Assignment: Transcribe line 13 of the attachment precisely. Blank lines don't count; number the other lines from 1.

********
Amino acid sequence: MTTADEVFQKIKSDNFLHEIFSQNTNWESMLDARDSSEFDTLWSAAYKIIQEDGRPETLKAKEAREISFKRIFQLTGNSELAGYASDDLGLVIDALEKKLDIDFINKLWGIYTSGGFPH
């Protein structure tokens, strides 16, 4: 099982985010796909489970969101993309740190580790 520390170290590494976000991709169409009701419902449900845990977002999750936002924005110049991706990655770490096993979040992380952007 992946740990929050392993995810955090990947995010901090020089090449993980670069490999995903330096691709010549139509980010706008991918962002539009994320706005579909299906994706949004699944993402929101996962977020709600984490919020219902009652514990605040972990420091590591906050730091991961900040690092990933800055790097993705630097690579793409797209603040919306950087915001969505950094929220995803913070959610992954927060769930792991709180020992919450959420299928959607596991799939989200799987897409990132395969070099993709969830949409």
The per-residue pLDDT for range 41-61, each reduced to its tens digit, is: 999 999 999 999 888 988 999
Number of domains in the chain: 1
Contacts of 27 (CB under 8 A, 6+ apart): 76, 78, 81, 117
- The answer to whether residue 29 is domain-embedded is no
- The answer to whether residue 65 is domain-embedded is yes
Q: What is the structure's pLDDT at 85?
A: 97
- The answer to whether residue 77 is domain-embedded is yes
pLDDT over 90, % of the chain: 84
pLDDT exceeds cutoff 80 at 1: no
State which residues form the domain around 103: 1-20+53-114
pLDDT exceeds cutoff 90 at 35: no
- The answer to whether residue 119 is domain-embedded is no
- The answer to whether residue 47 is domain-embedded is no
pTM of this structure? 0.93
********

State which residues form the domain around 103: 1-20+53-114